The communities increased the protection of their well or hand pump during Ebola crisis: it was perceived as a poison that could infect water, therefore they increased the height of the fencing (left picture) or compartmented the pump in a wood box (right pictures).

Results as for 2015

Since 2007, in Bombali

New hand-dug wells constructions : 74
Rehabilitations* :
Water committees trained or refreshed :
First repairs** : 327
Communities under a preventive maintenance strategy*** : 183 (out of 1300 functioning wells)

* Complete work done by Inter Aide on hand-dug wells or boreholes to renovate the system : re-construction of the structure (rebuilding well platform, increasing depht, changing rings etc.), repairing pump or changing to stainless parts…

** Communities who decided to contact a hand pump technician for a first rehabilitation of their hand-pump

*** Communities who contact hand pump technicians for a regular annual diagnosis of their hand pump

Bombali District is a district in the Northern Province of Sierra Leone. Its capital and largest city is Makeni. The population of Bombali district as of 2012 is 483,674.

gif mapping SL

The district of Bombali occupies a total area of 7,985(3,083) and comprises thirteen chiefdoms.

2. Focus at Bombali district level

WD Bombali

        Collaboration and capacity building initiated :

1. Inter Aide provided support to the Water Directorate of Bombali for water quality analysis: trainings on bacteriological analysis procedures, evaluation of the maintenance and respect of standards for the laboratory .

2. The Water Directorate of Bombali district and Inter Aide were jointly organizing monthly coordination meetings before the Ebola crisis. It restarted with Unicef in June 2015 who is now supporting the WD in the same direction. The objective is to provide support in terms of:

  • methodology to facilitate the monitoring of partners activities and to improve overview of the WaSH situation in the district – i.e. defining clear meetings’ agenda, ensuring participation of all actors, improving actors’ reporting by introduction of common indicators and templates …
  •  Those meetings are also opportunities to develop dissemination of good practices in terms of construction by bringing forward a specific time in the agenda to discuss of technical questions between participants based on the ministry’ guidelines (water analyses, standards in construction, yield test for well construction…)

3. Organization of joint monitoring missions : a rotation between actors has been set up to allow on-site visits of constructions and activities in order to facilitate exchange of good practices.

Community training for hand-pump maintenance

A practical guide has been developed by the team in SIerra Leone for the Field Facilitators working with villages’ members for the organisation of the management and maintenance of their water system. This guideline provides some illustrated resources to help them preparing and conveying training and animations.

Refers to the following link for all related documents :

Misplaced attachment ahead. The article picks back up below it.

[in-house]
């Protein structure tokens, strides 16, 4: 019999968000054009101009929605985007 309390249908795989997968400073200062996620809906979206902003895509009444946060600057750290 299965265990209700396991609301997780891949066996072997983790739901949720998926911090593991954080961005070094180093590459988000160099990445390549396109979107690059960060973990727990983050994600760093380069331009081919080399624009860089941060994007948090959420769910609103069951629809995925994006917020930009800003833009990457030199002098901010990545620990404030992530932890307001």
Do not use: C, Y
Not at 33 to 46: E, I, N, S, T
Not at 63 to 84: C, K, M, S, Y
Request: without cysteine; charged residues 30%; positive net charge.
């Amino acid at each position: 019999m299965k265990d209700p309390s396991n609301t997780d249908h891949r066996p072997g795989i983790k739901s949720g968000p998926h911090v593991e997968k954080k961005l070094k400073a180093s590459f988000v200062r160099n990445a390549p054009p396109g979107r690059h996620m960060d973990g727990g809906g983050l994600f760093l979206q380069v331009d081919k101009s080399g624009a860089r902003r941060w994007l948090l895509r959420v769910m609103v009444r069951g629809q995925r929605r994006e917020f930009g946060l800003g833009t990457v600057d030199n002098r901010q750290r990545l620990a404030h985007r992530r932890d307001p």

The first general document is a general presentation of the tool with reminds of mains steps: icon_pdf

  • A first session is dedicated to the explanation of what is practically meant by pump maintenance and pump repair.
  • Then, a second session focuses on the Water Committee, with a presentation of the role and responsibility expected for each member. Role plays are proposed to help them better addressing common practical situations.
  • Finally, a last part concerns regular maintenance operations that are usually done by a pump caretaker – see also how women are integrated into this position.
role play

Role play: a water committe member has to pick a card representing one specific positon among the committee and she/he will have to act according to this position and the scenarios the team are creating for the game.

explaining wc position

A field facilitator is using pictures to explain the water committees assignments and roles of each members. Images are extracted from










The full guide is available here: icon_pdf

Main principles on household water chlorination

HHWTWater treatment at the household level ensures that the family is in charge of the safety of their own drinking water. In communities where there is no access to an improved water point or hand pump facility, household water treatment (HHWT) provides an interesting solution for families to reduce diarrheal disease. HHWT represents an affordable solution and easy to implement in small villages, providing that the training is done thoroughly.

 This document comes back on an experience conducted for more than 2 years in several small villages of the north part of Bombali District. It gives some clues on the approach followed by the project to implement HHWT: the methods to sensitize and train the community, the way to determine the good dosage, the setup of a store supply chain, and also a description of remaining bottlenecks that need to be addressed. View pdf: HHWT

Developing communities through women and water

involvingWomenThere are many essential reasons why women should be more involved in a community water resources project. In order to have more women participation, we need to better understand the role women play and how access to water can improve not only their own development but expand to many other opportunities.

This small paper aims at giving some clues to increase women’s participation for decisions related to the management and maintenance of a collective good, the water supply infrastructure. See pdf:  involving women icon_pdf

women pump caretakerSee also in the following document how concretely Inter Aide is integrating gender considerations into its approach, meetings and trainings with the communities. This tool is general recommandations and guidelines for animators. icon_pdf